School Cancellation is an Inexact Science

It’s music to every kid’s ears, “School is cancelled.” 

As wonderful as it may be for students to have an unexpected day of “free time,” the cancellation of school can be disruptive for parents, especially if they work outside of the home and have to suddenly rearrange childcare and/or work schedule and responsibilities.

Sensitive to the effects of the interruption school cancellation may cause, Dexter Community Schools does not make the decision lightly. While there are no exact formulas to follow, there is certain criteria used in determining the need for cancellation of classes.

In an email dated January 28, 2019, Dexter Community Schools Superintendent, Dr. Chris Timmis, explained the thought process used when deciding whether or not schools should be closed:

“This week is already shaping up to be a challenge for the continuity of children attending school.  We understand the disruption that a school cancellation creates for kids and families.

“With the prolonged snowfall throughout the day and into tonight along with the forecast for extremely cold temperatures this week, I’d like to provide a quick overview of decision-making regarding school cancellation.  

“When the area is impacted by snow, ice, or fog, we first consider the safety of students traveling to/from school.  The criteria include the ability for buses to travel on the roads, the safety of students at the bus stops, the safety of cars traveling on the roads and, in the case of students walking to school, the outside temperature as students head to school.  One of our steps on a day like today is to communicate with the Washtenaw County Road Commission to understand their staffing level and snow removal plans. For example, based on the snowfall amounts today and the duration of the snowfall, we have an understanding of how much road will be cleared by tonight before the majority of the crew has to stop for the day and the next shift begins.  We also understand the time they’ll be in tomorrow morning and can anticipate what the roads will be like at bus time after actually checking some of our roads early tomorrow morning.  If you don’t receive a phone message or notification by 5:30/5:45 a.m. tomorrow, we will most likely be in school.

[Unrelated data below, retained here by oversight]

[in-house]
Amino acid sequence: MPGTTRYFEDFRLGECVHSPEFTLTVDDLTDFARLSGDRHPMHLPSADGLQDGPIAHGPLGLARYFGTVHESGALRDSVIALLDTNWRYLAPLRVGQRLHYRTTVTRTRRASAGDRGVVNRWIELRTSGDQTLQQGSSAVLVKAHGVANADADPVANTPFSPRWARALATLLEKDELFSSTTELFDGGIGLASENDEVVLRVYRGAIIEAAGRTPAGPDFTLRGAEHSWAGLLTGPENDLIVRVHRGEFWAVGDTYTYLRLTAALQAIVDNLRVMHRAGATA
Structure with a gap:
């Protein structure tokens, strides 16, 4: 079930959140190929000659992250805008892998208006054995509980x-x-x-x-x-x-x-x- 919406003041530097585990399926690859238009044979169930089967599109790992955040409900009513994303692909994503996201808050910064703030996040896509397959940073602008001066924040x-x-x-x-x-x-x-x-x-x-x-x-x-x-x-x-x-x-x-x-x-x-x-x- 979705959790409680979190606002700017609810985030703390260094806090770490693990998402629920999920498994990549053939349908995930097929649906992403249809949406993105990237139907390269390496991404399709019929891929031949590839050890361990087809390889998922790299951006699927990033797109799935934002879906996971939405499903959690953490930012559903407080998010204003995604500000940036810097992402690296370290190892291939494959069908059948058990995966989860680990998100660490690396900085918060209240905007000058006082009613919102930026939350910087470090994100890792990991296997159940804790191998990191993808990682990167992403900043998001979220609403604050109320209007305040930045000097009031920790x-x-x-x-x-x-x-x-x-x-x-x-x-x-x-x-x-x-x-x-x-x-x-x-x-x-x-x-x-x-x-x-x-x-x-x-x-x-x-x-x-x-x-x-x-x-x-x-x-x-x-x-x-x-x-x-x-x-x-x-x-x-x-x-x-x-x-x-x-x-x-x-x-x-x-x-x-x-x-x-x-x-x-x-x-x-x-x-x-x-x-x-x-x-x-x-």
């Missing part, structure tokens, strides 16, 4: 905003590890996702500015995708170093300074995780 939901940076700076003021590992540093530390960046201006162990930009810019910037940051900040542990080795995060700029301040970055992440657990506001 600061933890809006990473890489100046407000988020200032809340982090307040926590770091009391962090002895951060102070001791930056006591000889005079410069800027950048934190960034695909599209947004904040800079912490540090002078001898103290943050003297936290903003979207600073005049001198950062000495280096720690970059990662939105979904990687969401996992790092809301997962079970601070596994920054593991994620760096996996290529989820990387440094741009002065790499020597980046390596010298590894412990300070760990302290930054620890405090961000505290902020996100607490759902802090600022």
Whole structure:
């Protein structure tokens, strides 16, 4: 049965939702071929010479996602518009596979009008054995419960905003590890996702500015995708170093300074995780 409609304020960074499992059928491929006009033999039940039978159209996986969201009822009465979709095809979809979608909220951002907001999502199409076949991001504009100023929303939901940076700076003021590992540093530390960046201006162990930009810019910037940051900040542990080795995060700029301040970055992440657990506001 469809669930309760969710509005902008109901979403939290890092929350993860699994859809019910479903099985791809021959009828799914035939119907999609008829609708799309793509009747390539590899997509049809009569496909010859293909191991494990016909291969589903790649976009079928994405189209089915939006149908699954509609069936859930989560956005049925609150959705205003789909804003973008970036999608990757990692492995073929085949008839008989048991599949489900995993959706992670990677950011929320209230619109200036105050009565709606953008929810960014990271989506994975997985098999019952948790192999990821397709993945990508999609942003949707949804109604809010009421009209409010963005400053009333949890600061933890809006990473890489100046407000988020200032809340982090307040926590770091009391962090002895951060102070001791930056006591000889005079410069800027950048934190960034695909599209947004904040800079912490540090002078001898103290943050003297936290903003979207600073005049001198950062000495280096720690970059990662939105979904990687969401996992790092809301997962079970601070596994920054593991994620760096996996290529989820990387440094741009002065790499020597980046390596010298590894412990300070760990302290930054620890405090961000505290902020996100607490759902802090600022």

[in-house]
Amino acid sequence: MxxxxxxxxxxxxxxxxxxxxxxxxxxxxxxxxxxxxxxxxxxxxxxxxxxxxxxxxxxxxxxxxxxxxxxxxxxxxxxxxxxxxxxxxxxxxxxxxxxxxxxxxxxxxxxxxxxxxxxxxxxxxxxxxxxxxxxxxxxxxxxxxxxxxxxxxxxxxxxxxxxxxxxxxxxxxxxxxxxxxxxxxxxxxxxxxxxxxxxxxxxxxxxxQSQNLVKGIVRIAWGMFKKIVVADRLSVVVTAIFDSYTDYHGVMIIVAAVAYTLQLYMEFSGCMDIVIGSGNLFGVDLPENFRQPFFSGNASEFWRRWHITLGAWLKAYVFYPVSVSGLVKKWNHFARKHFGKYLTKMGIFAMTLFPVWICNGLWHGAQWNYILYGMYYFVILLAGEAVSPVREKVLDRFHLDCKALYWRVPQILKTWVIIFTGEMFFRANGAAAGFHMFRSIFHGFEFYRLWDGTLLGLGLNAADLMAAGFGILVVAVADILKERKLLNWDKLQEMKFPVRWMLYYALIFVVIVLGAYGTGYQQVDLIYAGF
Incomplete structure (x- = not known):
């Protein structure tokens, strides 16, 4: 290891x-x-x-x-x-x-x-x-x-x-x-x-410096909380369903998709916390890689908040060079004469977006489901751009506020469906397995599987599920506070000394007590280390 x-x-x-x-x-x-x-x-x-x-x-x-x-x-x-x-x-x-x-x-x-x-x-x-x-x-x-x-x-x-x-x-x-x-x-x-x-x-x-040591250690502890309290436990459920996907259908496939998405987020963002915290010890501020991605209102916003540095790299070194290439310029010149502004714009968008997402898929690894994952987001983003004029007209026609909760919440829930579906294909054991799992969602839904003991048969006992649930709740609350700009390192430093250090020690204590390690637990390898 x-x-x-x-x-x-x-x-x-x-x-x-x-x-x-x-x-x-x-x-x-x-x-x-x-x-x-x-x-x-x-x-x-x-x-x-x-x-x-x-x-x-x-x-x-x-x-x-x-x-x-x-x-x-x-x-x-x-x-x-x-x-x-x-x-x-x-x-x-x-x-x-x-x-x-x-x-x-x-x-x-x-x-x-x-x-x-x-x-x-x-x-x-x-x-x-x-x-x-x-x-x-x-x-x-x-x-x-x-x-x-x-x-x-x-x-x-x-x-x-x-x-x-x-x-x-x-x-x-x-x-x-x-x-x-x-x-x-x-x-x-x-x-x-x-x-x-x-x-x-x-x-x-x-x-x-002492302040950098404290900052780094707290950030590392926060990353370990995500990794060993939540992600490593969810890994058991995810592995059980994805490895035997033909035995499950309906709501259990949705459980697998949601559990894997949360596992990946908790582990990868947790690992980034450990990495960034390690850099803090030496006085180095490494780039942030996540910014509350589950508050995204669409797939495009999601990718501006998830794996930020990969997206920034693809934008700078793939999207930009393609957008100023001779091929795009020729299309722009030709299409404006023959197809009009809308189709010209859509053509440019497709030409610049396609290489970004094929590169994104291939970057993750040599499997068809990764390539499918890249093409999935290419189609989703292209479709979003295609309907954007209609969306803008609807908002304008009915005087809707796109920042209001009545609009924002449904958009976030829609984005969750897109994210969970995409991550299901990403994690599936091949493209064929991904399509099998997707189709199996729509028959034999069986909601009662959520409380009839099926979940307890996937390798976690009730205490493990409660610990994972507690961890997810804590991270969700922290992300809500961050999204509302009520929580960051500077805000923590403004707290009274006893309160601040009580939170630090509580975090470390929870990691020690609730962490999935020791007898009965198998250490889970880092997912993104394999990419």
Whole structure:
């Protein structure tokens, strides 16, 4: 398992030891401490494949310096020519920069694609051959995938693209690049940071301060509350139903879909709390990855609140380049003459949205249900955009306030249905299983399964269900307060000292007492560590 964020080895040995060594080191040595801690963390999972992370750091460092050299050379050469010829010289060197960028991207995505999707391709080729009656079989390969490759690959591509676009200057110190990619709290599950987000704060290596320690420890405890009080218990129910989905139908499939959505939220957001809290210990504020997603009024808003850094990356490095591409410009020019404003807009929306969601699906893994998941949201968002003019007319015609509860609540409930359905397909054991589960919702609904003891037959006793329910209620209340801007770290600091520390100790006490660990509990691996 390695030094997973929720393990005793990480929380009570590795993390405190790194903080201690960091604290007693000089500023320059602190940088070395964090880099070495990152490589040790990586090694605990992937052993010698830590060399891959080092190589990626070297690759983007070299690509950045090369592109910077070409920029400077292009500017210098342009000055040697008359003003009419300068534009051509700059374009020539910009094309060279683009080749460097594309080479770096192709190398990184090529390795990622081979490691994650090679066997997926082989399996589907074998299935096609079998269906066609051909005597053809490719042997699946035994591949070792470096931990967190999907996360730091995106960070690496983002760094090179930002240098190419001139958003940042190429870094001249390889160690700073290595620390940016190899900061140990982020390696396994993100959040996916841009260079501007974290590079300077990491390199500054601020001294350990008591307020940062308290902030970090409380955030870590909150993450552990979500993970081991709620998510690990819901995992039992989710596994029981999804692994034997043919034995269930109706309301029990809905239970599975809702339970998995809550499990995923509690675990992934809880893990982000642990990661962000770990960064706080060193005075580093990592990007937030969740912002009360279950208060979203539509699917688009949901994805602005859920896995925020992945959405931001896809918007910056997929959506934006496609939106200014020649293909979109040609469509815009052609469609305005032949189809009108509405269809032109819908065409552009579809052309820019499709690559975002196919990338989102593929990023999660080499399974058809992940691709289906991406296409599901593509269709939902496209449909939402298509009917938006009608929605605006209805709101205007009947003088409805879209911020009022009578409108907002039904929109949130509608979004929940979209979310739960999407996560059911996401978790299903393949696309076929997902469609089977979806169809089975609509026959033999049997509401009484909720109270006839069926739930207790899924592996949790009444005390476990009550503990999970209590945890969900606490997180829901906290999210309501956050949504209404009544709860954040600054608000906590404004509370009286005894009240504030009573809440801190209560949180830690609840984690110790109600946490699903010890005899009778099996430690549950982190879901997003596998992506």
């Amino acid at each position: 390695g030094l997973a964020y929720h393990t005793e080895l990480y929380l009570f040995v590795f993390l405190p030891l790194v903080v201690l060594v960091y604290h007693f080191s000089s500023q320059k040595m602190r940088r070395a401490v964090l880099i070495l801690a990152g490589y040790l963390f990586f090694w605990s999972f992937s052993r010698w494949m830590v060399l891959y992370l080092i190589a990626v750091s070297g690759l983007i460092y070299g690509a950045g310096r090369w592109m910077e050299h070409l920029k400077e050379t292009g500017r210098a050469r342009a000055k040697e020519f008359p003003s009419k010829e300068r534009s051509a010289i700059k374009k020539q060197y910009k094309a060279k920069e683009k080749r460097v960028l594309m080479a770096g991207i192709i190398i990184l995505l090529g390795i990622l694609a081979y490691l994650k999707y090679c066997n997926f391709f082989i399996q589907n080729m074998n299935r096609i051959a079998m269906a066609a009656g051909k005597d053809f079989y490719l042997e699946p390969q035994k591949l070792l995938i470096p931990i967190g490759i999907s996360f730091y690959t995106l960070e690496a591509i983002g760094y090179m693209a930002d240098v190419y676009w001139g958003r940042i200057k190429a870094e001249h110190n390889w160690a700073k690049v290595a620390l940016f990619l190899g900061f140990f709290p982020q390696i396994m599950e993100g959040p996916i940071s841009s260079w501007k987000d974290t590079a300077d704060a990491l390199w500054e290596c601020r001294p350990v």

“If the wind chill dips to the negative 25-degree range (or a sustained -20), please be aware that we may need to cancel school.  At that temperature, the risk to our students standing at bus stops or walking to school greatly outweighs the need to have students in school for the day.  Please make sure your children dress appropriately for the cold temperatures.  Every year, we receive calls when we have school and the windchill is -17 or -18 degrees then see dozens of our students walking off the bus or dropped off by a parent and entering school wearing shorts.

“We don’t use one particular site for the windchill calculation but generally look at weather.gov, intellicast, weatherbug and accuweather.  This provides us with multiple readings so we don’t close unnecessarily.  We generally do not use the television forecasts to determine a school closing.

“Thank you for your patience as we work through January in Michigan. We’re hopeful the weather this week cooperates but wanted to make sure you had accurate information on our decision-making process.”

 

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